Hard Times = Hard Work: A Miserable Failure on the Classics Challenge

Today, I am feeling extremely disappointed with myself. I have made my now-annual attempt to convert myself to the cult of Charles Dickens, and, once again, failed miserably. With “miserably” being the key word.

I don’t know what my problem is with Dickens. I read Great Expectations at school and have vague memories of enjoying it; I was young and impressionable back then, and probably so excited to be reading ‘a classic’ that I didn’t really know what I was doing. I’ve also obviously read A Christmas Carol at some point, because I know all the bits in the Muppets’ version which deviate from the original (Bob Cratchit is not actually a frog! Did you know?). At university, on the infamous misogynistic Victorians course which I have mentioned about 78 times on my blog, I read Oliver Twist and was appalled by how boring it was; it was really long and nobody sang ‘Oom Pah Pah.’ After that, I gave up on Dickens for a very long time.

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Then, last year, I became obsessed with the beautiful Penguin English Library series and started accumulating these lovely books with an almost religious fervour. I had to buy a new bookcase just to house them; it is next to my bed so they are the first thing I see when I wake up. I have a strong urge to collect all these books, which will mean procuring a large number of Dickens novels – of the 100 books in the series, I think about 15 are by Dickens.

So, in 2015, I read The Old Curiosity Shop, which was a massive fail on all counts; I didn’t really enjoy the book and, having foolishly bought it on eBay, I was saddled with a ropey-looking cover. Sad times all round. I was ready to give up. But then I remembered that  used to hate Hardy and, after reading most of his books last year, I now love him and want a life-size mural of his face in my lounge. So I persevered with Dickens, opting for the really cheerful and fun-sounding Hard Times this year.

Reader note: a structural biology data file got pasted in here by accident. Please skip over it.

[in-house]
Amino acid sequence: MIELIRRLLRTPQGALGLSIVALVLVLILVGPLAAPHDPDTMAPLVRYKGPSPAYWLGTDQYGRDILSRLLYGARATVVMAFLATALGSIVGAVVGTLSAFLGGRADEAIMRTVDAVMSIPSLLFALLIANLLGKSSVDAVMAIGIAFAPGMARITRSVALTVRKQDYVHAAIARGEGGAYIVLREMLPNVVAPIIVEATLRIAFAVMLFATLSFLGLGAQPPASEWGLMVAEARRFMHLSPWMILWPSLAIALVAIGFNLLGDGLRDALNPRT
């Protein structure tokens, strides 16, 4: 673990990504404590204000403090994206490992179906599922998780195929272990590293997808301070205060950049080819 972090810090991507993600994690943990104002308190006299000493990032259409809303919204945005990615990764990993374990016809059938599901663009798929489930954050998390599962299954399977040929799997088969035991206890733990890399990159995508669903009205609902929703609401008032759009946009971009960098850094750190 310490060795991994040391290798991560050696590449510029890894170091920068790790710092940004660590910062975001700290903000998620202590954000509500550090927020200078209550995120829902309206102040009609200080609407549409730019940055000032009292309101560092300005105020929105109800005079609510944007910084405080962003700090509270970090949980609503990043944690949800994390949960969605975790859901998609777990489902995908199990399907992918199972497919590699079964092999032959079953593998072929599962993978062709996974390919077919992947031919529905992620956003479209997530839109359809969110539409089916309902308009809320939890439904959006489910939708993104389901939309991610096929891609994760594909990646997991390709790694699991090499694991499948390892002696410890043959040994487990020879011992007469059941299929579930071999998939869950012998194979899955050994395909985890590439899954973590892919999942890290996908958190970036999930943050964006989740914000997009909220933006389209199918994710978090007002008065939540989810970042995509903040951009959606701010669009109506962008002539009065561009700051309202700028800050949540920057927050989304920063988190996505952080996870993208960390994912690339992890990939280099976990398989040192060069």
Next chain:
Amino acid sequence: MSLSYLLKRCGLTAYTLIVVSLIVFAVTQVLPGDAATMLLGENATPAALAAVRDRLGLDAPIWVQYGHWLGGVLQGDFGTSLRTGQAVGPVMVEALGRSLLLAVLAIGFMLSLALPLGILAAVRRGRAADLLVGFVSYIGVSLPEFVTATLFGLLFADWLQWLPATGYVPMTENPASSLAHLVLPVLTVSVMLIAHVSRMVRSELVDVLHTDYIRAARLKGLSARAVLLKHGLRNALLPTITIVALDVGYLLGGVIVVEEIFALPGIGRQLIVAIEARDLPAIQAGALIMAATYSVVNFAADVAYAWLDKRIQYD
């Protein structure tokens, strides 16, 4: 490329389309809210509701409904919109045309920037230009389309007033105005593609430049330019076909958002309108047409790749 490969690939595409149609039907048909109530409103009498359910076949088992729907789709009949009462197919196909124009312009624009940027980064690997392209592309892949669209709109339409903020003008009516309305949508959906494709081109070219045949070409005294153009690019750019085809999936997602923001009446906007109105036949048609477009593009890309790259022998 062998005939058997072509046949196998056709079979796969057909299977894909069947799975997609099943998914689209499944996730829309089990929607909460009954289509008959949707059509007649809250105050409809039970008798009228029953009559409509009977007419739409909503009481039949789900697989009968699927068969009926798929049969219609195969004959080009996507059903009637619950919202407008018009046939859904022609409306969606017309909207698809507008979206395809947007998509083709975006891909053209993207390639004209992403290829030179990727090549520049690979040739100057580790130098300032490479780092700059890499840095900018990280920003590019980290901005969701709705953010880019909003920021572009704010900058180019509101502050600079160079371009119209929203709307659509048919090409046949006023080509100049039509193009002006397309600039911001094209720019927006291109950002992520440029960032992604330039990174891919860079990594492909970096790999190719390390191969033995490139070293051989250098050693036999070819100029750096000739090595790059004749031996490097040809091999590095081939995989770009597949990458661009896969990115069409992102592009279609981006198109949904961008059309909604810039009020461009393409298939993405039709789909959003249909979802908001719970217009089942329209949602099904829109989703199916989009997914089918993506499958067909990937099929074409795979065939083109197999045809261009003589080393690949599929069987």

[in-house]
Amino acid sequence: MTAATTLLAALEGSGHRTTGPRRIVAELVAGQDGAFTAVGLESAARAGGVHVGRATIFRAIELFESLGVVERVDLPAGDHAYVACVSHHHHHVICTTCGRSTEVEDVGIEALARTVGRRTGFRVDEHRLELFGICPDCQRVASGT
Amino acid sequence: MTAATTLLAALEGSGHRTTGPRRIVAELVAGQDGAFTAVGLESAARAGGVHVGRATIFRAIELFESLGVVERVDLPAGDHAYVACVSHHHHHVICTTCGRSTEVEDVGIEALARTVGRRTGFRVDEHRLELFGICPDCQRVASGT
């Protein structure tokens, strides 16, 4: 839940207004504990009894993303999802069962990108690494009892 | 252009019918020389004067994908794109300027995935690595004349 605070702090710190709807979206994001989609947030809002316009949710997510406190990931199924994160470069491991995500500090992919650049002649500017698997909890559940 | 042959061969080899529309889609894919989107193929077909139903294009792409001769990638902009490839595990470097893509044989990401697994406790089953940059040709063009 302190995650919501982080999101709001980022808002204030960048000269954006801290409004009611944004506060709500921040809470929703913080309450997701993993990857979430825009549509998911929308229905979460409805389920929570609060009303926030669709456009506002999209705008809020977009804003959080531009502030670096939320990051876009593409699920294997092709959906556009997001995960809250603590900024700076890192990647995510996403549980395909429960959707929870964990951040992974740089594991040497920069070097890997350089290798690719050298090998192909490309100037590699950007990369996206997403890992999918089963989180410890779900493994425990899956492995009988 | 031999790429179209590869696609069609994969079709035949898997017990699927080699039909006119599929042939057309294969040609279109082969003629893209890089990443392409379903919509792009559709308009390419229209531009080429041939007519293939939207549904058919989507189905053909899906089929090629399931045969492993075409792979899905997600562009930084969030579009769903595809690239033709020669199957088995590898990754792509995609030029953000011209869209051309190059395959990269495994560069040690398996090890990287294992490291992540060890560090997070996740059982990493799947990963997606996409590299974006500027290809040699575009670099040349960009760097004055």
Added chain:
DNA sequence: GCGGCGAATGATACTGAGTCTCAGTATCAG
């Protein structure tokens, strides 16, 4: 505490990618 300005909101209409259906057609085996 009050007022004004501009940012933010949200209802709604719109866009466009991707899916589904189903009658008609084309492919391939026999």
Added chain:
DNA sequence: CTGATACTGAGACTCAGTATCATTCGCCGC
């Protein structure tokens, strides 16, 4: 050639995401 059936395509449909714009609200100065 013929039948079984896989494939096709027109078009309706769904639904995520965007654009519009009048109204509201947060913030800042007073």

There can’t be that many books with a title that accurately describes the experience of actually reading them, so, in this sense, Hard Times is a unique and impressive achievement. This book made me so sad. Not because of any Little Nell-type trauma, but just because I was so bored. I am fairly sure that nothing actually happened until about 220 pages in, by which time I had completely and wholeheartedly lost interest. None of the characters caught my attention and the story didn’t engage me. So that’s that.

But what does this say about me? As a complete nerd of English literature and devotee of the Victorian novel, why am I incapable of enjoying Dickens? I know that I put unhelpful amounts of pressure on myself to read and appreciate his work, because I worry what it means when I find myself cleaning my oven to avoid reading one of his books. I’m not put off by really long novels and it’s not like I don’t understand the language, so what is my problem? I don’t want to give up on Dickens, but, at the same time, I don’t want to keep reading long books which give me no pleasure at all. I also want more beautiful Penguin English Library books.

So, people of the internet, please help me. What Dickens should I be attempting next? Which is the one that will win me over, at least so I can say that there is one Charles Dickens novel that I like? I feel like I can only go so far in life by saying, “but I REALLY LOVE Hardy and would get all questions about him right on University Challenge.” I need you, bookish people. Don’t let me down.

 

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